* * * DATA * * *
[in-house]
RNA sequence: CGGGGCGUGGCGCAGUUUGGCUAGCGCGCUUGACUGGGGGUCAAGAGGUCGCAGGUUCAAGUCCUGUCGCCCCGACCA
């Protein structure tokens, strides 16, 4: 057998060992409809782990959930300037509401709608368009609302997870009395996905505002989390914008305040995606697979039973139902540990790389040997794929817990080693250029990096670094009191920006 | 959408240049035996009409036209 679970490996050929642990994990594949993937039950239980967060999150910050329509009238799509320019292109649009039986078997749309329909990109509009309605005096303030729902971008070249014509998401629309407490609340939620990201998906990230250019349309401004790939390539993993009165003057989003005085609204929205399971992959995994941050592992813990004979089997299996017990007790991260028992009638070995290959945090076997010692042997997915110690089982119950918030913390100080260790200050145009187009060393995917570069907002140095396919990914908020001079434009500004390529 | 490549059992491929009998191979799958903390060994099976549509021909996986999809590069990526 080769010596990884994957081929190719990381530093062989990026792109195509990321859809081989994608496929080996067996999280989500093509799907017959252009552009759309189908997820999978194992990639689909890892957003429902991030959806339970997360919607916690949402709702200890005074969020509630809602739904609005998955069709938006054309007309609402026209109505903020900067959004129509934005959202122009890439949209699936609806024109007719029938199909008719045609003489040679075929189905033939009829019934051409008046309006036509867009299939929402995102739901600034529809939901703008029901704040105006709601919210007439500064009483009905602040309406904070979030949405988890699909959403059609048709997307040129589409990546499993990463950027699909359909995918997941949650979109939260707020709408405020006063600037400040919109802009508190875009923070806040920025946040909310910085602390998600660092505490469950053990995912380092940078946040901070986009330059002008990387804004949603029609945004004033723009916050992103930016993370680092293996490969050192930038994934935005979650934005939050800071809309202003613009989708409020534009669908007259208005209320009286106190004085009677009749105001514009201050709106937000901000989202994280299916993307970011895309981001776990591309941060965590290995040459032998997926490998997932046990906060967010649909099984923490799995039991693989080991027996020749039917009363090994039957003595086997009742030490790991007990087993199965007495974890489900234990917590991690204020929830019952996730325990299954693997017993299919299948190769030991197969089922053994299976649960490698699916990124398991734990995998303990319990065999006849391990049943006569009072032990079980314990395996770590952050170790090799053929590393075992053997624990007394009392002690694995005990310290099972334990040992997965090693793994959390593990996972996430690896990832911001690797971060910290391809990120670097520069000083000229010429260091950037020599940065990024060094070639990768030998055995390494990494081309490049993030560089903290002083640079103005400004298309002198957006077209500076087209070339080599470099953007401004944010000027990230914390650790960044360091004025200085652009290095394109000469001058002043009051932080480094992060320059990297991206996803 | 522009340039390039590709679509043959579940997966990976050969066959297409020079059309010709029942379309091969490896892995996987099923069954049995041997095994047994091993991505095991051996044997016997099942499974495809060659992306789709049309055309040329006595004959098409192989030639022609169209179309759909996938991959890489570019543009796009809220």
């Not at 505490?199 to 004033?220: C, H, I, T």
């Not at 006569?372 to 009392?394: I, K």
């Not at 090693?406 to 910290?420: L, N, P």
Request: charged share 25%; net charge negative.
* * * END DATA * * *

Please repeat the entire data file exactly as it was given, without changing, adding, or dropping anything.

[in-house]
RNA sequence: CGGGGCGUGGCGCAGUUUGGCUAGCGCGCUUGACUGGGGGUCAAGAGGUCGCAGGUUCAAGUCCUGUCGCCCCGACCA
């Protein structure tokens, strides 16, 4: 057998060992409809782990959930300037509401709608368009609302997870009395996905505002989390914008305040995606697979039973139902540990790389040997794929817990080693250029990096670094009191920006 | 959408240049035996009409036209 679970490996050929642990994990594949993937039950239980967060999150910050329509009238799509320019292109649009039986078997749309329909990109509009309605005096303030729902971008070249014509998401629309407490609340939620990201998906990230250019349309401004790939390539993993009165003057989003005085609204929205399971992959995994941050592992813990004979089997299996017990007790991260028992009638070995290959945090076997010692042997997915110690089982119950918030913390100080260790200050145009187009060393995917570069907002140095396919990914908020001079434009500004390529 | 490549059992491929009998191979799958903390060994099976549509021909996986999809590069990526 080769010596990884994957081929190719990381530093062989990026792109195509990321859809081989994608496929080996067996999280989500093509799907017959252009552009759309189908997820999978194992990639689909890892957003429902991030959806339970997360919607916690949402709702200890005074969020509630809602739904609005998955069709938006054309007309609402026209109505903020900067959004129509934005959202122009890439949209699936609806024109007719029938199909008719045609003489040679075929189905033939009829019934051409008046309006036509867009299939929402995102739901600034529809939901703008029901704040105006709601919210007439500064009483009905602040309406904070979030949405988890699909959403059609048709997307040129589409990546499993990463950027699909359909995918997941949650979109939260707020709408405020006063600037400040919109802009508190875009923070806040920025946040909310910085602390998600660092505490469950053990995912380092940078946040901070986009330059002008990387804004949603029609945004004033723009916050992103930016993370680092293996490969050192930038994934935005979650934005939050800071809309202003613009989708409020534009669908007259208005209320009286106190004085009677009749105001514009201050709106937000901000989202994280299916993307970011895309981001776990591309941060965590290995040459032998997926490998997932046990906060967010649909099984923490799995039991693989080991027996020749039917009363090994039957003595086997009742030490790991007990087993199965007495974890489900234990917590991690204020929830019952996730325990299954693997017993299919299948190769030991197969089922053994299976649960490698699916990124398991734990995998303990319990065999006849391990049943006569009072032990079980314990395996770590952050170790090799053929590393075992053997624990007394009392002690694995005990310290099972334990040992997965090693793994959390593990996972996430690896990832911001690797971060910290391809990120670097520069000083000229010429260091950037020599940065990024060094070639990768030998055995390494990494081309490049993030560089903290002083640079103005400004298309002198957006077209500076087209070339080599470099953007401004944010000027990230914390650790960044360091004025200085652009290095394109000469001058002043009051932080480094992060320059990297991206996803 | 522009340039390039590709679509043959579940997966990976050969066959297409020079059309010709029942379309091969490896892995996987099923069954049995041997095994047994091993991505095991051996044997016997099942499974495809060659992306789709049309055309040329006595004959098409192989030639022609169209179309759909996938991959890489570019543009796009809220």
């Not at 505490?199 to 004033?220: C, H, I, T």
């Not at 006569?372 to 009392?394: I, K």
């Not at 090693?406 to 910290?420: L, N, P």
Request: charged share 25%; net charge negative.